7. Be social — Starting discussions is part of being social, but it takes more than that. Monitor your Twitter stream and engage people when they say something interesting or link to something worthwhile. The @reply is your friend. Don’t be afraid to have back and forth exchanges on Twitter. It enriches everyone’s experience. And retweeting (RT) is fine as long as your retweeting something of value (especially to your followers). Better yet, add your own take to that RT. But be judicious with RTs, because too many RTs — especially those of dubious quality — will not please your followers.
  8. Don’t just be about yourself — One of the biggest traps people fall into (especially those coming from traditional, one-way media) is that they make their Twitter account all about themselves. These people just link to their existing content (such as newspaper stories they’ve just written). Others just talk about themselves. People who are all about themselves rarely, if ever, interact with other people on Twitter and don’t understand that social media is all about being social. Unless you are Oprah or someone similar, you need to interact. Otherwise, you’ll never have a chance of building a worthwhile network on Twitter. Is you’re not prepared to give something to the community on Twitter, you will not find success on Twitter. It’s that simple.

If you find this post of value, you might find my Twitter account, @jiconoclast, of value too.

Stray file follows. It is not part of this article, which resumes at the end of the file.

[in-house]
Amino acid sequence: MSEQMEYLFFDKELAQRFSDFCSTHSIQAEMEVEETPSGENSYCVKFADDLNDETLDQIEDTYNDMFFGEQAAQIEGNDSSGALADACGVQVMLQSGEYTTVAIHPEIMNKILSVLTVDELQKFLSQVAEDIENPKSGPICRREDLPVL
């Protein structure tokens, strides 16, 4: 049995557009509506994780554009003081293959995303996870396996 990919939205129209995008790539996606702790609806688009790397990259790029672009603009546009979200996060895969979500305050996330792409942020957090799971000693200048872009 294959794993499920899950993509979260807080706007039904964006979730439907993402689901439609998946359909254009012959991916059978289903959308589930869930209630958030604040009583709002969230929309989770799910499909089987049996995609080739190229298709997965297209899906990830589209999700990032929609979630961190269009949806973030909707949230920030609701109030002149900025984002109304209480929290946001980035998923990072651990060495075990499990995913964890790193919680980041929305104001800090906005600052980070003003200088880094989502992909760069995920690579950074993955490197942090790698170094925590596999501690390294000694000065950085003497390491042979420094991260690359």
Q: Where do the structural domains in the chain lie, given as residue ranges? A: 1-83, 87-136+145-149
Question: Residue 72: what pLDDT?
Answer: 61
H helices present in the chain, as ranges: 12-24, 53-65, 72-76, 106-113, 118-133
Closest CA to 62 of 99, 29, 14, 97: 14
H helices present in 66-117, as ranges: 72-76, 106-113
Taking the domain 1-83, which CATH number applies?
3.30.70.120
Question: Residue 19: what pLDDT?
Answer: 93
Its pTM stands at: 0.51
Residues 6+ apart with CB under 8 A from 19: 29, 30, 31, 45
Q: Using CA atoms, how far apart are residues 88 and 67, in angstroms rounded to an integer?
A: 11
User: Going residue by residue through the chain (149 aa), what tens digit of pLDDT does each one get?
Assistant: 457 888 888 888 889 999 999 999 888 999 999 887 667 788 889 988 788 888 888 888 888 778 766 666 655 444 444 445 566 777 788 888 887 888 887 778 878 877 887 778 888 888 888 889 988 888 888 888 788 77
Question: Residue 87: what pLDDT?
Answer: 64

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  • http://www.yourwebchick.com @yourwebchick

    I couldn’t agree with you more! Great points! A pet peeve of mine is when people follow me with incomplete profiles and no tweets at all to base a decision on whether to follow them or not. I will usually “being a Mom type” DM them and say…. you would get more followers if you’d fill out your profile and give people a preview of what you might say in the future.. MOST never respond…. oh well… Thanks for the post!

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BeatBlogging.org was a grant-funded journalism project that studied how journalists used social media and other Web tools to improve beat reporting. It ran for about two years, ending in the fall of 2009.

New content is occasionally produced here by the this project's former editor Patrick Thornton. The site is still up and will remain so because many journalists and professors still use and link to the content. BeatBlogging.org offers a fascinating glimpse into the former stages of journalism and social media. Today it's expected that journalists and journalism organization use social media, but just a few years ago that wasn't the case.

About the Author of this post